On 17 June two cart-loads of friars drove through London to the Tower, (fn. 52) and it is possible that some of the Greenwich Observants were among them. On or before 11 August the friars were expelled from their convent (fn. 53) (though they seem to have made some kind of submission (fn. 54) ) and distributed in different places, generally in houses of the Grey Friars, where, wrote Chapuys to Charles V, 'they were locked up in chains and treated worse than they could be in prison.' (fn. 55) Some, such as John Forest, were actually in prison in London. (fn. 56) Two of them, inclosed in a poor lodging at the Grey Friars, Stamford, and treated as prisoners, were ' in meetly good case as the world at this time requireth,' and sent to London for their little belongings, including a new Psalter, a pair of socks, a penner and inkhorn. (fn. 57) But the severity of their treatment is shown by the fact that out of 140 Observant Friars thirty-one soon died, (fn. 58) and this does not account for all the deaths. Thomas Bourchier, who was a member of the Greenwich friary in the reign of Mary, gives details of several martyrdoms which probably belong to this time, though the writer assigns them to 1537. (fn. 59) On 19 July Anthony Brdrbe, formerly of Magdalen College, Oxford, a distinguished scholar, who had been imprisoned and tortured to such an extent that ' for twenty-five days he could not turn in bed or lift his hands to his mouth,' was strangled with his own cord. (fn. 60) On 27 July Thomas Cortt, who had been imprisoned for a sermon against the king in the church of St. Lawrence, London, died in Newgate. (fn. 61) On 3 August Thomas Belchiam, a young priest, who had composed a book against the king, one copy of which he left in the hands of his brethren at Greenwich, died of starvation in Newgate. (fn. 62) No mention of these three friars occurs in extant contemporary authorities, but Bourchier's account representing the traditiqn of the Order is probably substantially correct, though the names may be misspelt.
Some of the friars fled abroad, to Scotland 01 over sea. (fn. 63) Others obtained permission through Wriothesley's influence to leave the country. (fn. 64) Among Cromwell's ' remembrances' of this time is the entry: ' Item to remember the friars of Greenwich to have licence to go to Ireland.' (fn. 65)
It is clear that not a few made formal submission (fn. 66) and were set free, but they could not refrain from teaching what they believed, and after the rebellions of 1536 the king renewed his attack on them. Thus Friar Hugh Payne wrote from the prison into which he had been cast in July, 1534, promising to submit entirely to the king and begging for deliverance; (fn. 67) in 1536 he was acting as curate of Hadleigh, Suffolk, and then as priest of Stoke by Nayland. (fn. 68) Being denounced by Cranmer for his preaching, he was thrown into the Marshalsea, whence he wrote (1537) to the duke of Norfolk urging that his trial should be hastened, as he was like to die of sickness and the weight of his irons. (fn. 69) He died soon afterwards in prison, but not before a patron had presented him to the living of Sutton Magna in Essex, which another ex-Observant then tried to obtain. (fn. 70) The king, on 17 March, 1536-7, declaring that the Friars Observants were ' disciples of the bishop of Rome and sowers of sedition,' ordered that they should be arrested 'and placed in other houses of friars as prisoners, without liberty to speak to any man till we decide our pleasure concerning them.' (fn. 71)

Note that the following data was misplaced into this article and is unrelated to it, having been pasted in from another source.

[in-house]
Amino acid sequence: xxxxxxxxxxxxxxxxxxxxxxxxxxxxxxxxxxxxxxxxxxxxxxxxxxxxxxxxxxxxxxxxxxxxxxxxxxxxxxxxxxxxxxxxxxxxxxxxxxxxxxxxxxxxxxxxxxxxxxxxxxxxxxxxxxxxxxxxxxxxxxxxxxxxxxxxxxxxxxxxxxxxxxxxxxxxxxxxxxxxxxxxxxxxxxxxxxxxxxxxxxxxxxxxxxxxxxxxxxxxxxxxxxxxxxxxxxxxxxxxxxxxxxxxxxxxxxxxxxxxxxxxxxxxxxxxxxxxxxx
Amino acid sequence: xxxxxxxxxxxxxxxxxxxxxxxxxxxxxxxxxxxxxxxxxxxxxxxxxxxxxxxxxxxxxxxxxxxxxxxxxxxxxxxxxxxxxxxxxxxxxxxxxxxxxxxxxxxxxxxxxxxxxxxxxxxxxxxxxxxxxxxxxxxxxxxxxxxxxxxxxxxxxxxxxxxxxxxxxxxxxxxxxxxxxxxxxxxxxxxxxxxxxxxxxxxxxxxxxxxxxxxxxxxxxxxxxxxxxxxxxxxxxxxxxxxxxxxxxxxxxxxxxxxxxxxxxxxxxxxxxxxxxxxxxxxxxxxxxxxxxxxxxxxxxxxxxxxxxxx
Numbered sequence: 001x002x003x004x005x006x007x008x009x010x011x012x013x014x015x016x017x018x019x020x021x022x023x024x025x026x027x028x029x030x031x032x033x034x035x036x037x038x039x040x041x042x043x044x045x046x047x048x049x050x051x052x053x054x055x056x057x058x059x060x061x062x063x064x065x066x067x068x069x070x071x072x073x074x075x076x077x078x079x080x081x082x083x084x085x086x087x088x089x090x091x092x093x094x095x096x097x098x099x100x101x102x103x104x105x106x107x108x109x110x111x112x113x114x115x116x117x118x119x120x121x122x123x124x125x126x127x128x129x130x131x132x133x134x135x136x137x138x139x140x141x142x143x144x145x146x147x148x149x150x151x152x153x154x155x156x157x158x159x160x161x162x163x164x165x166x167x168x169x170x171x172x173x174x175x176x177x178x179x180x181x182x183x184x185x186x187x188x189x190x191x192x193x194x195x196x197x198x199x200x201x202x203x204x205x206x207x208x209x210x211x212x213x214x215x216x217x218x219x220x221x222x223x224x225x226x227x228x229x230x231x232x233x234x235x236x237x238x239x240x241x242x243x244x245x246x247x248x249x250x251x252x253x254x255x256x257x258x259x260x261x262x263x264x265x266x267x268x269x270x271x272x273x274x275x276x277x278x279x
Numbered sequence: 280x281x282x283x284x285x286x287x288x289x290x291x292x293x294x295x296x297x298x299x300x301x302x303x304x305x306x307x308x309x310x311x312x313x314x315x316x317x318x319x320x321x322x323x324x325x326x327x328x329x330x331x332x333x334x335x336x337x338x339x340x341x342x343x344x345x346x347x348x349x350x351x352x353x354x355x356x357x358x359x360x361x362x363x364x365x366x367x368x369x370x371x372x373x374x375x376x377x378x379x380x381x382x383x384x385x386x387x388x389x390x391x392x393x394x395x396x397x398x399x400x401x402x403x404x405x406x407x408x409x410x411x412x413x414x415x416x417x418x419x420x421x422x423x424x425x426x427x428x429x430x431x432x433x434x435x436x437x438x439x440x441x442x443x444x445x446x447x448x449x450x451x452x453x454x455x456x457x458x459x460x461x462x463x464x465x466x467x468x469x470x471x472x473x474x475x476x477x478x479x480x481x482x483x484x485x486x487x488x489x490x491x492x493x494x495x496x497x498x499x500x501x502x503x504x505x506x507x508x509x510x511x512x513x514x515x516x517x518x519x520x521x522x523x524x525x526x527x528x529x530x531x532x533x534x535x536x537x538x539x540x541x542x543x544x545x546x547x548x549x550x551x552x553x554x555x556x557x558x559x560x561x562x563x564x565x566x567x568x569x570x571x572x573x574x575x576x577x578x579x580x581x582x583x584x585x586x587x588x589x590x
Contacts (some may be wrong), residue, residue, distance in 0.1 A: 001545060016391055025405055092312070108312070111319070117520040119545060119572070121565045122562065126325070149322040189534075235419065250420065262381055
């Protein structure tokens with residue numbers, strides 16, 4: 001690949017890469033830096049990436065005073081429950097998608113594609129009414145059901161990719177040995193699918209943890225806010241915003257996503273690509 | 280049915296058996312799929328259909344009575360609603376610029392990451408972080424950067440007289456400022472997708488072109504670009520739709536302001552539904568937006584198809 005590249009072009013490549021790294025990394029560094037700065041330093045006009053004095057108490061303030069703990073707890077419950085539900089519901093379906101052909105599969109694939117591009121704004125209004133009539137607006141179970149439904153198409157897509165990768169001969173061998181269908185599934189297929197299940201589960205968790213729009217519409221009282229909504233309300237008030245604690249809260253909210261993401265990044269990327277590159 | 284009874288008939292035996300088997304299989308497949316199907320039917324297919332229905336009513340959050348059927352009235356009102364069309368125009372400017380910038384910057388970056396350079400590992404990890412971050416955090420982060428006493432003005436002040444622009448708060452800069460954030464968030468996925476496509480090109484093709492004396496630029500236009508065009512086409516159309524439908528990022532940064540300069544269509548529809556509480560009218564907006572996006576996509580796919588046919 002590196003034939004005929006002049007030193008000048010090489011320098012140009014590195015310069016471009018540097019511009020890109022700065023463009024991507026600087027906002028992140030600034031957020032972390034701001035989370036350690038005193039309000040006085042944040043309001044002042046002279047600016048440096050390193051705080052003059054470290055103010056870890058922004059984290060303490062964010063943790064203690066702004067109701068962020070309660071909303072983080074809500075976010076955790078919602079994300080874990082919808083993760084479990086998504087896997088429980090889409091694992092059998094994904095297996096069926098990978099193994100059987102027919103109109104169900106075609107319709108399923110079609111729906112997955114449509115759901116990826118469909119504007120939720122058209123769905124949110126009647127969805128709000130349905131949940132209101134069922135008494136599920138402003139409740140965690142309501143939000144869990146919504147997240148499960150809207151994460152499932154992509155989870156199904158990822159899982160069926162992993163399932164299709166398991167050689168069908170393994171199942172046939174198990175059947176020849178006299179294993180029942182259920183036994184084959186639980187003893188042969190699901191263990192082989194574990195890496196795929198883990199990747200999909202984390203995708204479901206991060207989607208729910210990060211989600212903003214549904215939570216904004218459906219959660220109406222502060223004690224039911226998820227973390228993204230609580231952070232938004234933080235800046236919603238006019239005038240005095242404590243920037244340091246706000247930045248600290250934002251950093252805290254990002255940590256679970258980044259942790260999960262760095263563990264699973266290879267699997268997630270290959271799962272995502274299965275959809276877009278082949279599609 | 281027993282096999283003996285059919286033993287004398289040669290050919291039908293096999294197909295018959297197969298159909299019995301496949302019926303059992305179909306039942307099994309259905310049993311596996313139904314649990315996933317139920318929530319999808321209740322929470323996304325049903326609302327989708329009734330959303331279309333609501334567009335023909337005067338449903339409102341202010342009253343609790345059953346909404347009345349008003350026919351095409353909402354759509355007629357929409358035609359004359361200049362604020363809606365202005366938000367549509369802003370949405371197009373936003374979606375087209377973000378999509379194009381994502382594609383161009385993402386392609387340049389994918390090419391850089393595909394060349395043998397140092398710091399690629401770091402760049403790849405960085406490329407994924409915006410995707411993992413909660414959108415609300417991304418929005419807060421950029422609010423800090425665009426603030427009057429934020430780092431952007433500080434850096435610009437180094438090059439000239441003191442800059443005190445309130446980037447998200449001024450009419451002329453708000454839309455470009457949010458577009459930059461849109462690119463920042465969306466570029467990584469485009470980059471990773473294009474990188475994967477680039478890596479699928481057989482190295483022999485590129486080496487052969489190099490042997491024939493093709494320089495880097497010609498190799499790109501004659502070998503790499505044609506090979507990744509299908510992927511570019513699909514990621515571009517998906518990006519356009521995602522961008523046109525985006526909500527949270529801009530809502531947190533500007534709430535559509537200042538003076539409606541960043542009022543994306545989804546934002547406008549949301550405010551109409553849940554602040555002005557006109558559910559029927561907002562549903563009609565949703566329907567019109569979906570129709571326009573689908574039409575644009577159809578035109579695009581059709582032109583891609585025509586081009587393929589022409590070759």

Forest was the most famous victim of the new persecution. From his prison he had written to Catherine of Aragon in expectation of immediate death, probably in 1534; he was then sixty-four years of age, and had spent forty-three of these in religion. (fn. 72) He was, however, transferred to the Grey Friars, London, in consequence probably of having made his submission. (fn. 73) At the Grey Fliars he enjoyed considerable liberty; from well-wishers he received small sums of money for fuel and other necessaries, and was allowed to celebrate mass and hear confessions. (fn. 74) Suspicion arising, Forest was cast into Newgate, and in examination admitted that he induced men in confession ' to hold and stick to the old fashion of belief.' (fn. 75) On 22 May, 1538, he was roasted alive as a traitor and heretic. (fn. 76) Another Greenwich friar, Anthony Browne, who on the break-up of the convent became a hermit, was brought before the justices at Norwich in July, 1538, confessed, (fn. 77) and received judgement accordingly; the execution was postponed for ten days, partly because the judges thought it well that a sermon should be made by the bishop of Norwich, as was done by the bishop of Worcester at Friar Forest's execution, partly in case Cromwell wished to have him brought to the Tower and tortured. (fn. 78)
Meanwhile the king instituted a convent of Grey Friars at Greenwich, to which in March, 1537, he assigned an annuity of £100; (fn. 79) and on 25 March, 1538, a payment of £25 was made to the warden of the Grey Friars of Greenwich for their relief; (fn. 80) this is the latest grant recorded.
The friary was revived by Mary, who repaired the buildings and had the Observant Friars. reinstated on 7 April, 1555, by Maurice Griffin, bishop of Rochester. (fn. 81) Peto, now nominally bishop of Salisbury and soon to be cardinal, (fn. 82) and Elston returned to their old monastery.
They complained to the queen in July, 1555, of having been ' beaten with stones which were flung at them by divers lewd persons as they passed from London to Greenwich on Sunday last.' Among the inmates of the house were Thomas Bourchier, author of the Historia de Martyrio Fratrum Ordinis Divi Francisci, &c., and several Spaniards. (fn. 83) Cardinal Pole was consecrated archbishop of Canterbury in the friars' church 23 March, 1555-6, (fn. 84) two days after the burning of Cranmer. The friars were again expelled by Elizabeth, 12 July, 1559; (fn. 85) most of them seem to have taken refuge in the Netherlands; they are found at Liège and Antwerp, Lisbon, and the convent of Ara Coeli in Rome. (fn. 86)
Wardens (fn. 87)
The seal of the warden in the time of Queen Mary was pointed oval, and represented the Assumption of the Virgin Mary, who is seen supported by four angels; a radiant nimbus round her head; beneath is an escutcheon of the arms of France and England, quarterly, ensigned with the head of a cherub. Legend:—
SIGILLVM GARDIANI .GCEWVBQSIS (fn. 93)